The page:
Social media and healthcare


The internet today has changed the world how the internet of things is making a presence in every aspect of our life from our houses, our vehicles, insurance and primarily our health. Internet is changing the way we look at things, the way we connect with people and the way we are aware of so much information.

Many social media tools are available for health care professionals today, including social networking platforms, blogs, microblogs, wikis, media-sharing sites, and virtual reality and gaming environments.

Hospitals and other healthcare organizations have begun to turn towards online social media to help get their message out and connect with patients. These social media platforms can be used to dispense helpful medical advice and share an organization’s latest news.

Patient-centered care is at the forefront of social media use within the industry. As healthcare moves into a new era of empowered patients, social searches, such as Google, Bing and Twitter, are becoming more important. Many say an increased understanding of social media within the industry can help drive innovation. Additionally, social media has helped further interaction among certain patient populations, such as those with cancer or diabetes.

According to a report submitted by GreatCall, 52 percent of smartphone users research health information on their mobile phones. The report also indicated that by 2017 mobile health, or mHealth, is expected to be a $26 billion industry. Currently, more than 97,000 fitness- and health-related mobile applications are offered to users for free or at a small cost. More than 4 million downloads were recorded per day, data which proves the rise of the social media industry’s impact on health care.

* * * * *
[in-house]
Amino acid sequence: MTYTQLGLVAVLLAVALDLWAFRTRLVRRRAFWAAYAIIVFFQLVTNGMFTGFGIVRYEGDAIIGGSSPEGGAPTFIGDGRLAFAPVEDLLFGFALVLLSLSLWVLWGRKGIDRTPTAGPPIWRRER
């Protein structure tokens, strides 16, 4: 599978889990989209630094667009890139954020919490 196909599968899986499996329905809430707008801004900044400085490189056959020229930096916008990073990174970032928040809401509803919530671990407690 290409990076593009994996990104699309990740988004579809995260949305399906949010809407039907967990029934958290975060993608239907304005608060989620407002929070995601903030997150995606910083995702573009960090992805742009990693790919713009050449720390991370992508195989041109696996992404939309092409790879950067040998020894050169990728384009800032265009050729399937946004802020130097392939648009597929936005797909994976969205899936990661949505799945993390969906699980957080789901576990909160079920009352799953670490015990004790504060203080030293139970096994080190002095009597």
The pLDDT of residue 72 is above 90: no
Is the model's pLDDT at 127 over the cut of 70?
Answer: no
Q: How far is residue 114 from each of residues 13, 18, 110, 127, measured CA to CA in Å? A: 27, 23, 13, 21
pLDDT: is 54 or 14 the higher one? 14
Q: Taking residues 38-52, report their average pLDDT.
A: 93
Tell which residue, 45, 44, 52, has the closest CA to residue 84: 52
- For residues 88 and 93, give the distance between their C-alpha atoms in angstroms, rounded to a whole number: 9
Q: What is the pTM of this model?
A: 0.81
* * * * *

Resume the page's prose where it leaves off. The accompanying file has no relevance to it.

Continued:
Medical assistants, who are often the first point of contact for patients as they complete their intake documentation, are learning more about mobile apps and how to encourage all their patients to use them, regardless of their age. The SparkReport study indicated that more than 80 percent of people between the ages of 18 and 24 were likely to share information about their health and experiences with different providers via social media channels. Almost 90 percent of those people said they would trust information they received through social media

By strategically combining health IT tools and effective health communication processes, there is the potential to:

  • Improve health care quality and safety.
  • Increase the efficiency of health care and public health service delivery.
  • Improve the public health information infrastructure.
  • Support care in the community and at home.
  • Facilitate clinical and consumer decision-making.

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